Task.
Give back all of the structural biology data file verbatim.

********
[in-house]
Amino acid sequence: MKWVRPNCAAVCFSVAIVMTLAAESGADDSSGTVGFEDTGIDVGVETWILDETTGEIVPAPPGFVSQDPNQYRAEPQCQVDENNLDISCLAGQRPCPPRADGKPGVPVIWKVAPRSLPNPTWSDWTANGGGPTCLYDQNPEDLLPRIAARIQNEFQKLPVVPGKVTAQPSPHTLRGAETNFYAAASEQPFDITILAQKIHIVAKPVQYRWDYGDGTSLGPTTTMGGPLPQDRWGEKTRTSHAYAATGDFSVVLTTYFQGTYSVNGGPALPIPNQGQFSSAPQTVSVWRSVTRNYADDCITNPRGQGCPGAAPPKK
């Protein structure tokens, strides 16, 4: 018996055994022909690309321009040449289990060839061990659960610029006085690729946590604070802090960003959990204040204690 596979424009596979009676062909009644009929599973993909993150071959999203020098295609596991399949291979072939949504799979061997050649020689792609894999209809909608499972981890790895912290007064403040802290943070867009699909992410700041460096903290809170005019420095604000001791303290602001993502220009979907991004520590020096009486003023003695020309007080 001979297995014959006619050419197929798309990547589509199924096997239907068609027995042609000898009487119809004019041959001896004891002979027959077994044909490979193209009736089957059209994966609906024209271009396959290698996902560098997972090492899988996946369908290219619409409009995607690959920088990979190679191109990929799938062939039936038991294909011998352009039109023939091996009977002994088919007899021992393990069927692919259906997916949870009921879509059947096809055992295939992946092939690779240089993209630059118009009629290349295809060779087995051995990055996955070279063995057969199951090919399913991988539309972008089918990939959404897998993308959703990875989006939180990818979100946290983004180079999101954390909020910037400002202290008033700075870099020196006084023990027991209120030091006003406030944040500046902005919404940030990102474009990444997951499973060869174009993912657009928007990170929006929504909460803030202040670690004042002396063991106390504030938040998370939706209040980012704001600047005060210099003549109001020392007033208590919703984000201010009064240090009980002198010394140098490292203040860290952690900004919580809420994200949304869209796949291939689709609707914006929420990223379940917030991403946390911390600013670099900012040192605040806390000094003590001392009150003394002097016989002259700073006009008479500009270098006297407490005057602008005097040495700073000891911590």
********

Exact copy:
[in-house]
Amino acid sequence: MKWVRPNCAAVCFSVAIVMTLAAESGADDSSGTVGFEDTGIDVGVETWILDETTGEIVPAPPGFVSQDPNQYRAEPQCQVDENNLDISCLAGQRPCPPRADGKPGVPVIWKVAPRSLPNPTWSDWTANGGGPTCLYDQNPEDLLPRIAARIQNEFQKLPVVPGKVTAQPSPHTLRGAETNFYAAASEQPFDITILAQKIHIVAKPVQYRWDYGDGTSLGPTTTMGGPLPQDRWGEKTRTSHAYAATGDFSVVLTTYFQGTYSVNGGPALPIPNQGQFSSAPQTVSVWRSVTRNYADDCITNPRGQGCPGAAPPKK
């Protein structure tokens, strides 16, 4: 018996055994022909690309321009040449289990060839061990659960610029006085690729946590604070802090960003959990204040204690 596979424009596979009676062909009644009929599973993909993150071959999203020098295609596991399949291979072939949504799979061997050649020689792609894999209809909608499972981890790895912290007064403040802290943070867009699909992410700041460096903290809170005019420095604000001791303290602001993502220009979907991004520590020096009486003023003695020309007080 001979297995014959006619050419197929798309990547589509199924096997239907068609027995042609000898009487119809004019041959001896004891002979027959077994044909490979193209009736089957059209994966609906024209271009396959290698996902560098997972090492899988996946369908290219619409409009995607690959920088990979190679191109990929799938062939039936038991294909011998352009039109023939091996009977002994088919007899021992393990069927692919259906997916949870009921879509059947096809055992295939992946092939690779240089993209630059118009009629290349295809060779087995051995990055996955070279063995057969199951090919399913991988539309972008089918990939959404897998993308959703990875989006939180990818979100946290983004180079999101954390909020910037400002202290008033700075870099020196006084023990027991209120030091006003406030944040500046902005919404940030990102474009990444997951499973060869174009993912657009928007990170929006929504909460803030202040670690004042002396063991106390504030938040998370939706209040980012704001600047005060210099003549109001020392007033208590919703984000201010009064240090009980002198010394140098490292203040860290952690900004919580809420994200949304869209796949291939689709609707914006929420990223379940917030991403946390911390600013670099900012040192605040806390000094003590001392009150003394002097016989002259700073006009008479500009270098006297407490005057602008005097040495700073000891911590």